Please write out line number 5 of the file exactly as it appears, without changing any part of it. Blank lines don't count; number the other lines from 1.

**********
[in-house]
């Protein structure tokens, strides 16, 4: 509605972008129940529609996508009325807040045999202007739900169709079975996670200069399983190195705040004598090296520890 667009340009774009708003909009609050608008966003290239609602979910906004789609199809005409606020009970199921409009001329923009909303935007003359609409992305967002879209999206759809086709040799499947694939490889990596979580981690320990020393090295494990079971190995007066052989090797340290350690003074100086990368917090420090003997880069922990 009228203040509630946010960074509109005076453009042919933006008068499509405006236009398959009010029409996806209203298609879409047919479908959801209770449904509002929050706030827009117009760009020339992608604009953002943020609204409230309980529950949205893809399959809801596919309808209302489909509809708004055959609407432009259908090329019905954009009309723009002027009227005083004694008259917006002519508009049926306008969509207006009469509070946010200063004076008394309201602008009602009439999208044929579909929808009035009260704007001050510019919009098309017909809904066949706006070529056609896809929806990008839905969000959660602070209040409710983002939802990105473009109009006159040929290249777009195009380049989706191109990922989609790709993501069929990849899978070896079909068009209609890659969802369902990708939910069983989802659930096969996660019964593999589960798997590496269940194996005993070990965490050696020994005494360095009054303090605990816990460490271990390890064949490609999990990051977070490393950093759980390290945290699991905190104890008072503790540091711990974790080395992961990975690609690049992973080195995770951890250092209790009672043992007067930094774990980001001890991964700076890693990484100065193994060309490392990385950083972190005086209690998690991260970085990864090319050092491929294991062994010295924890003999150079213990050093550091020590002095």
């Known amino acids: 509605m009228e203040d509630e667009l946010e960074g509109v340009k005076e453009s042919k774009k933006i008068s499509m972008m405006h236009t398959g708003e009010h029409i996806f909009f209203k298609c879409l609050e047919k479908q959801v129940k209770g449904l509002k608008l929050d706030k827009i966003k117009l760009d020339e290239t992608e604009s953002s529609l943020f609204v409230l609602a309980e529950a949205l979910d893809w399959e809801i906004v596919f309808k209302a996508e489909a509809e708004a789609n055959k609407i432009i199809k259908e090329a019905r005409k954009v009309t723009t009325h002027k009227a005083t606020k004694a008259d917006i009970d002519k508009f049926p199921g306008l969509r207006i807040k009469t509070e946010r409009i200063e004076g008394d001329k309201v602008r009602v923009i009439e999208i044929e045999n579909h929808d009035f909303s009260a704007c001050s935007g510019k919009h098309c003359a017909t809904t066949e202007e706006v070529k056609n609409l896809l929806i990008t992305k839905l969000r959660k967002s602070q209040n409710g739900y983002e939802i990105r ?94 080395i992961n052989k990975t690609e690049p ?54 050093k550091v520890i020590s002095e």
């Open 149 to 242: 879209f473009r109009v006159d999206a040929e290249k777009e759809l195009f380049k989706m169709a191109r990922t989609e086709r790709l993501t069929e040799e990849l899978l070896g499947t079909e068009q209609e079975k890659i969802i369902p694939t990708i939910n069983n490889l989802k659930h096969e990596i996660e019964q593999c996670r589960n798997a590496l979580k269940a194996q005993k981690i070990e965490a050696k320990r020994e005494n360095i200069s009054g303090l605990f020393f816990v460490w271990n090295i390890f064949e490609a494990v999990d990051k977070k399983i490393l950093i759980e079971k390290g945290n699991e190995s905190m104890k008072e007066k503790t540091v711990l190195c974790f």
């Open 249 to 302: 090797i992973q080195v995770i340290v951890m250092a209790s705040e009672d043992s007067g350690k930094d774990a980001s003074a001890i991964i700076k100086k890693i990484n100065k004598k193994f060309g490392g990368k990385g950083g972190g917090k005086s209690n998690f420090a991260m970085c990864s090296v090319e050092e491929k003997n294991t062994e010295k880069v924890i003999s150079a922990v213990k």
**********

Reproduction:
């Open 249 to 302: 090797i992973q080195v995770i340290v951890m250092a209790s705040e009672d043992s007067g350690k930094d774990a980001s003074a001890i991964i700076k100086k890693i990484n100065k004598k193994f060309g490392g990368k990385g950083g972190g917090k005086s209690n998690f420090a991260m970085c990864s090296v090319e050092e491929k003997n294991t062994e010295k880069v924890i003999s150079a922990v213990k």